Philadelphia Flyers Magical Ride Comes to Sudden Stop

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Philadelphia Flyers Magical Ride Comes to Sudden Stop
Al Bello/Getty Images
In one bizarre moment, the ride was over. 
Patrick Kane was sure of what he had just done, but nobody else in Wachovia Center or watching on millions of TV sets across North America was entirely sure what had just taken place. The puck that Kane had just shot seemingly vanished from the face of the earth.
When it reappeared, however, what had vanished was the Flyers last chance.
It wasn't supposed to end like this. Not after the roller coaster season that was. Not after the mid season free fall, the new coach, the new system, the rotating goalies, the shootout in Madison Square Garden, 3-0 in Boston. This team could not have survived all of that to go down like this. 
But one of the most implausible runs in Stanley Cup history ended on a goal that only one man saw. 
The Flyers looked done headed into the third period last night. At least two national commentators said that the Flyers "were out of gas." Then came Scott Hartnell's rebound goal and the season was on again, albeit for a little while. 
When the Flyers came out firing in the overtime period it seemed only a matter of time.  The manner in which the third period ended screamed that the OT wasn't going to take long. Win or lose, this wasn't going to be night into early morning. With all of the orange sweaters flying around the Chicago net Game 7 seemed this close.
Then Patrick Kane threw a harmless shot at Michael Leighton that ate him alive. Kane appeared to be looking for a rebound or deflection but what he got was a softie that will haunt Leighton for the rest of the season. While Flyer fans remember the waiver wire wonder who saved a season, the rest of the NHL is going to define number 49 by that goal more than anything else. 
This was supposed to be it for the Flyers. Finally a chance in the finals against a team of seemingly equal talent. A team that had obvious holes, a team that had shortcomings like everyone else and a team in Chicago that had no recent history of success in the finals to fall back on. In short this was a team for the taking.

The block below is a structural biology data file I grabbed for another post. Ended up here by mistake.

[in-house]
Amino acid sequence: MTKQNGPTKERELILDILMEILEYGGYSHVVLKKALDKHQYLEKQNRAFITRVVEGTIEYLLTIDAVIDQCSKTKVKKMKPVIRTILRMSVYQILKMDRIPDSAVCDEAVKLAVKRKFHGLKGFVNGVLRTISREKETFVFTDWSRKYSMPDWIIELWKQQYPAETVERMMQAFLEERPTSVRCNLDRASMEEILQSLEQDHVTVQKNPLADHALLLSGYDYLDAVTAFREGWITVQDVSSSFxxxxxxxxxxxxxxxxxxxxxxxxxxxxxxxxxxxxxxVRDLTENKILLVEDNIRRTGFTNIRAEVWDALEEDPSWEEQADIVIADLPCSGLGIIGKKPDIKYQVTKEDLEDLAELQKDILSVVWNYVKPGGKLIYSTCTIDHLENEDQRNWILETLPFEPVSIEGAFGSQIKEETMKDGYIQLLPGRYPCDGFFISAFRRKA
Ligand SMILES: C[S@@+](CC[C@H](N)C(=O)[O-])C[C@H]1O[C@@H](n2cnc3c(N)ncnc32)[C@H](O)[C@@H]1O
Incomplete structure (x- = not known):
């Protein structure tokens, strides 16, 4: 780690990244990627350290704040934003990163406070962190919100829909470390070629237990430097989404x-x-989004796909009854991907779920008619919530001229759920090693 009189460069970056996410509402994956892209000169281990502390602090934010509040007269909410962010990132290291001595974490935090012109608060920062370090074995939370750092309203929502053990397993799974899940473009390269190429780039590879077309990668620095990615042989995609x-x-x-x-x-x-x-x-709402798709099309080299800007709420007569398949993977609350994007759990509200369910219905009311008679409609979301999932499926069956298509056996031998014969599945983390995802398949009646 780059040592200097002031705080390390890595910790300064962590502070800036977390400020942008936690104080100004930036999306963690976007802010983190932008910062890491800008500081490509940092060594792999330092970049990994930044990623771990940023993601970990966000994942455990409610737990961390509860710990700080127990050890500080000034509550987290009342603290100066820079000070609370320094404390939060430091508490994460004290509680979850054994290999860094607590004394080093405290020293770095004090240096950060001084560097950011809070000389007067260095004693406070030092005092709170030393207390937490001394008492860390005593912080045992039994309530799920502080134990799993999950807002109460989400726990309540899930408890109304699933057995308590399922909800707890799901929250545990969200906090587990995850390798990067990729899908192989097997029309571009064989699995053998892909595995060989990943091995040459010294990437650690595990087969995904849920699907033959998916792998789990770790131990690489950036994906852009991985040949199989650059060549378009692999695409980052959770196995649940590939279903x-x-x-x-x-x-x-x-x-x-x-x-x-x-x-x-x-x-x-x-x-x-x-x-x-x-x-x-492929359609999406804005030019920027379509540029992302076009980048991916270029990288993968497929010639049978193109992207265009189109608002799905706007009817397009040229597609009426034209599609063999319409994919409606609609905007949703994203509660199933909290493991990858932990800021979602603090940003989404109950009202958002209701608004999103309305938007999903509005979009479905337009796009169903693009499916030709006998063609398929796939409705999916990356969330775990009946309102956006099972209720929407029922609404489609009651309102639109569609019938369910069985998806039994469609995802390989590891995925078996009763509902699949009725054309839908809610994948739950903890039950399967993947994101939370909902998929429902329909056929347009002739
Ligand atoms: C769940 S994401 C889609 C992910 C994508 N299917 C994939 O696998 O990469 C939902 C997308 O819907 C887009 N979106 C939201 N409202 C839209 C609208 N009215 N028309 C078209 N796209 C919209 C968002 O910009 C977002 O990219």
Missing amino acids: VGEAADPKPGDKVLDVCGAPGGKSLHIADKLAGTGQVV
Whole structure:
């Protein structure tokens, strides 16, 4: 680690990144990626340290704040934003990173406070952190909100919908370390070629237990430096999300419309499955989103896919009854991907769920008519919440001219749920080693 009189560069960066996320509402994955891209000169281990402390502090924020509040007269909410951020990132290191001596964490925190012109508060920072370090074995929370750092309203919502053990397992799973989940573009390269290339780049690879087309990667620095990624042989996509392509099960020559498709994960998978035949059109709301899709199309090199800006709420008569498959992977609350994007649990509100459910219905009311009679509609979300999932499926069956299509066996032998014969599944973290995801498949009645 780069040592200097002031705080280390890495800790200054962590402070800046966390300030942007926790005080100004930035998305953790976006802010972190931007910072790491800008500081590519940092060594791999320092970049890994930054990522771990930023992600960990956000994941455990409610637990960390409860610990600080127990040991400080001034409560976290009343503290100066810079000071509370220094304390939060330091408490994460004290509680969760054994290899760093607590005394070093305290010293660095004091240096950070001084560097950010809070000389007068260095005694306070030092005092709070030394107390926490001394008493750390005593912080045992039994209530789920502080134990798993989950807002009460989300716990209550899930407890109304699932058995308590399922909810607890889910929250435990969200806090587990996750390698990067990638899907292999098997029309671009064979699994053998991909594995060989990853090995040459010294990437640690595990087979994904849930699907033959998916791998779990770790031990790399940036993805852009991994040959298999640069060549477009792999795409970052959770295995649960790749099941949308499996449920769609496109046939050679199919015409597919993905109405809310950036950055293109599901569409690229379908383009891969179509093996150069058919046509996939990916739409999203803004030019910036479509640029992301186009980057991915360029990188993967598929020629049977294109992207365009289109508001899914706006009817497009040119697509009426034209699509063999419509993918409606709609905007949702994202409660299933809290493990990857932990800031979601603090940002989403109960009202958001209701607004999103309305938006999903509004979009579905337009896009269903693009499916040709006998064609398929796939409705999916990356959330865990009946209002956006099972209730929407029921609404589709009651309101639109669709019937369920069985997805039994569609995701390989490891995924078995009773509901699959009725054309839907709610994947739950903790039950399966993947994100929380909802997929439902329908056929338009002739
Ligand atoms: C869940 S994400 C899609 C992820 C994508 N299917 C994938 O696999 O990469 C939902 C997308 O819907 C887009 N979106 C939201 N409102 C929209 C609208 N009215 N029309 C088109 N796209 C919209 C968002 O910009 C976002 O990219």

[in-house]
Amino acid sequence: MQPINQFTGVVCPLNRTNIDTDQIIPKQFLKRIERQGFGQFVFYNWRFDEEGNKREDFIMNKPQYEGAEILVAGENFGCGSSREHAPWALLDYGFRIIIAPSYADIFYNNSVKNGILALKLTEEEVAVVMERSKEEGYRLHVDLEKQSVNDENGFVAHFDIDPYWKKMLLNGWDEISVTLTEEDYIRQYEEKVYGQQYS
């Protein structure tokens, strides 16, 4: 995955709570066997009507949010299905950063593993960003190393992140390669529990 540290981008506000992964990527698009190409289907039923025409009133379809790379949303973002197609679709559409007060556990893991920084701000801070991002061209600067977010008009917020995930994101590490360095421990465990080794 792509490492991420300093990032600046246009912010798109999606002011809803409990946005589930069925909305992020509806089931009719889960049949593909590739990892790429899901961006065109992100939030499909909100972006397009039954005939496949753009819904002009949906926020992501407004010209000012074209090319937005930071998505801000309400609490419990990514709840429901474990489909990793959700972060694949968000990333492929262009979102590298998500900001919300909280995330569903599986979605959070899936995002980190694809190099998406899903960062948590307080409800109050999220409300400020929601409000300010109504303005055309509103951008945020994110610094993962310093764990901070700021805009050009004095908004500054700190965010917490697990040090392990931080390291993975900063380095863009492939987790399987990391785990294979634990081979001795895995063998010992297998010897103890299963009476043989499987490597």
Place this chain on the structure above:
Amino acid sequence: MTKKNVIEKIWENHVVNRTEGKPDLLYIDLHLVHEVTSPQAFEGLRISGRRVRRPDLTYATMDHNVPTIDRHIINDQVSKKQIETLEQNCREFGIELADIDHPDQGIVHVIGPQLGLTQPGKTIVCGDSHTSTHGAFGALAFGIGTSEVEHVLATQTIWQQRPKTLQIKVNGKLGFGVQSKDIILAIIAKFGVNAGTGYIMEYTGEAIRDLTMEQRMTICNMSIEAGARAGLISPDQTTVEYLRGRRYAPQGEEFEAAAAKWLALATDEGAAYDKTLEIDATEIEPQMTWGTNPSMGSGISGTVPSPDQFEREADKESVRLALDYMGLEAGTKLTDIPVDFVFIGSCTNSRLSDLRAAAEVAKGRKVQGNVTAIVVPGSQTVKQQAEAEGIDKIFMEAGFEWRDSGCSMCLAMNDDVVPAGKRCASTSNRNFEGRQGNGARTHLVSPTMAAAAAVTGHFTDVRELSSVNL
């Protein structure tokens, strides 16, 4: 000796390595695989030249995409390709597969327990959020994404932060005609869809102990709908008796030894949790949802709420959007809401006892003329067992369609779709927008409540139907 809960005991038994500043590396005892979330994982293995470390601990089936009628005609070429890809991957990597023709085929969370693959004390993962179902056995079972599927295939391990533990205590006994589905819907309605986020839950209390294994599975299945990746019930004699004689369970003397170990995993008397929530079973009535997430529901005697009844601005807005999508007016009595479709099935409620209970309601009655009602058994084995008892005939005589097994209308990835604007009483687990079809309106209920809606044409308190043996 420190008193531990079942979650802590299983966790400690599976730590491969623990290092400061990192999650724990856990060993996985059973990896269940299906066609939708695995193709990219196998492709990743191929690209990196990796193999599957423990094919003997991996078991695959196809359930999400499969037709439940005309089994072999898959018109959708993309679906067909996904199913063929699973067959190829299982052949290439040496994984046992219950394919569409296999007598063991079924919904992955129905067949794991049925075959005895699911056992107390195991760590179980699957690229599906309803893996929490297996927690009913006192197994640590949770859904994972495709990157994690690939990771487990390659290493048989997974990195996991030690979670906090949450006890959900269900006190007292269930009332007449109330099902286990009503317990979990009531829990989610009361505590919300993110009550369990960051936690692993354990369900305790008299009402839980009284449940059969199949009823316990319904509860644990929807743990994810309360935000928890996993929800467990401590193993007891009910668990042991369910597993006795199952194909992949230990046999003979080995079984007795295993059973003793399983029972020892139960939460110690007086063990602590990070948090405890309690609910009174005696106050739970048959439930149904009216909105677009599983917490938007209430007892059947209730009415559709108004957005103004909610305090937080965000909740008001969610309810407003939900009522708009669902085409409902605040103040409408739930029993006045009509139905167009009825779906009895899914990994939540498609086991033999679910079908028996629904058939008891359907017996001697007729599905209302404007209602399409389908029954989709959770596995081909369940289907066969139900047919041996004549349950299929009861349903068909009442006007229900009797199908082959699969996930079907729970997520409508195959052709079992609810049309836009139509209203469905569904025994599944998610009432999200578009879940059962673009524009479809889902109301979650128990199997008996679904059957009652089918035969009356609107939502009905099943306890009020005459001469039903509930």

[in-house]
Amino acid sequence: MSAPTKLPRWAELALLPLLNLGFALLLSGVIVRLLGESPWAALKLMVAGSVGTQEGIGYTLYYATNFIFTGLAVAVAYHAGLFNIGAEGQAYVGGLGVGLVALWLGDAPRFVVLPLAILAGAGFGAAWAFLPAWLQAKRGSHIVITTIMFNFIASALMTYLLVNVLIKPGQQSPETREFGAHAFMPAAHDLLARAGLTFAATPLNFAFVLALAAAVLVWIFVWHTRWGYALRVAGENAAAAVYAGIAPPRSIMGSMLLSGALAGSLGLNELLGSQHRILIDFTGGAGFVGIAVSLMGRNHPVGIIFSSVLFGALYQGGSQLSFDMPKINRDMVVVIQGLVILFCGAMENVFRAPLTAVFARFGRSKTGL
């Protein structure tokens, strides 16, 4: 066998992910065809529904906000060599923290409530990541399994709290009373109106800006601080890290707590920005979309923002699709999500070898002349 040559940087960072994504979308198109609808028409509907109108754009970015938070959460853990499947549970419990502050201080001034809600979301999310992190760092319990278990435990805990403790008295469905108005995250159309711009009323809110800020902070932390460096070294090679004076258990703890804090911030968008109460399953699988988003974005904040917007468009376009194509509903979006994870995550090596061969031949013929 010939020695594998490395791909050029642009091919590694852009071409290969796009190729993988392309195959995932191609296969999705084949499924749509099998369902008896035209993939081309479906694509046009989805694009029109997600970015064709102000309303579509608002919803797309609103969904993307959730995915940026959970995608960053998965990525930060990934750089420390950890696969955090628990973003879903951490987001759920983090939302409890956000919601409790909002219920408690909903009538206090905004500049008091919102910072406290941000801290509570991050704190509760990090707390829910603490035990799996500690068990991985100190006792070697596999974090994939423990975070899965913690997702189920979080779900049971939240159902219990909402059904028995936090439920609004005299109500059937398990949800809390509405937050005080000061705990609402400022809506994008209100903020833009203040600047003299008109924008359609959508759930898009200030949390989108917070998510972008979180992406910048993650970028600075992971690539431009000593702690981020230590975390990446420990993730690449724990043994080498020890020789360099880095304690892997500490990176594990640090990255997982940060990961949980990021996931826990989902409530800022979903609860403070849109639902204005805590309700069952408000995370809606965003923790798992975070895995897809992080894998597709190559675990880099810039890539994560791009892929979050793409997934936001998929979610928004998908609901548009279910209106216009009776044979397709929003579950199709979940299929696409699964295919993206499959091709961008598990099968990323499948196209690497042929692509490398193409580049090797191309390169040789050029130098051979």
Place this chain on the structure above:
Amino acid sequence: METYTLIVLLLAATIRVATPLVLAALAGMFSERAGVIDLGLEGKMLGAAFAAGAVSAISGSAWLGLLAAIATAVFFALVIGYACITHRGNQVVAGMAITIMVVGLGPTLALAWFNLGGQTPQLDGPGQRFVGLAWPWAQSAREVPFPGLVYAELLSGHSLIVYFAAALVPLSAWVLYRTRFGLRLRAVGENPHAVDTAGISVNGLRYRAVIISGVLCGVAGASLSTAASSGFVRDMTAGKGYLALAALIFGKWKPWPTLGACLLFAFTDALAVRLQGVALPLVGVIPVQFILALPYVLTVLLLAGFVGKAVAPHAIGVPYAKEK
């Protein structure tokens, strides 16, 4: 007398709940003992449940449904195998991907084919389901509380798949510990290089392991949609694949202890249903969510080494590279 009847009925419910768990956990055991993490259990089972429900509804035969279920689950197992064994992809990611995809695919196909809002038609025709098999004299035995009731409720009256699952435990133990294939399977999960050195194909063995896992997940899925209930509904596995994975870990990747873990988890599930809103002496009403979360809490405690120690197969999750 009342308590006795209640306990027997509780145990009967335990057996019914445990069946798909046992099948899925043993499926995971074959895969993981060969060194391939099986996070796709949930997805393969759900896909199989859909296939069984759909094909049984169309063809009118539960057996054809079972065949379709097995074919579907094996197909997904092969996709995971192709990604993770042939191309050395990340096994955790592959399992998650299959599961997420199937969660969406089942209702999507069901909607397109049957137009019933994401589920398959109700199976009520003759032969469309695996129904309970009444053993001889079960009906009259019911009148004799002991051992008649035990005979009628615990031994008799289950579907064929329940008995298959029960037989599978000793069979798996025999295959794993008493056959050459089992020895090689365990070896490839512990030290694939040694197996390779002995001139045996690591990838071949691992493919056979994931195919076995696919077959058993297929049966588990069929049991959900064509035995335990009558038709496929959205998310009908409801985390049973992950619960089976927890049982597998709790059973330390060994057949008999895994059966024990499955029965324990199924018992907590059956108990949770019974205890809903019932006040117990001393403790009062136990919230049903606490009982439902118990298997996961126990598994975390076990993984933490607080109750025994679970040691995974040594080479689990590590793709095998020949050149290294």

What nobody had counted on, however, was that one of the Blackhawk holes wasn't as wide as the Flyers and their faithful had counted on. Antti Niemi wasn't the second coming of Ken Dryden but he was just enough at just the right moments. When his team absolutely had to have a big save he made it.
At the other end of the ice, Michael Leighton fell apart. Pulled in two games, he hung on long enough to get Game 6 to overtime before surrendering a truly awful short side, five hole Cup winning goal. Not since Tony Esposito gave up a Cup winner from the wrong since of the blue line in 1971 had the series winner been so bad. 
Something else cropped up on the Flyers that has been a team problem for a couple of seasons now. Once Joel Quenneville flipped his lines before the third period of Game 4, the Blackhawks finally found the space in the neutral zone to exploit their team speed.  Once that happened and they were able to dump the puck behind the slower Flyer defense the whole series turned. 
Unexpected victory is the sweetest kind and for the better part of the last two months it appeared that 2009-2010 would end with a taste of champagne. But defeat always has a bitter after taste, one that lasts an entire off season.
The Flyers and their faithful have a restless summer ahead and in the world of the salary cap no assurances of what the future might bring.
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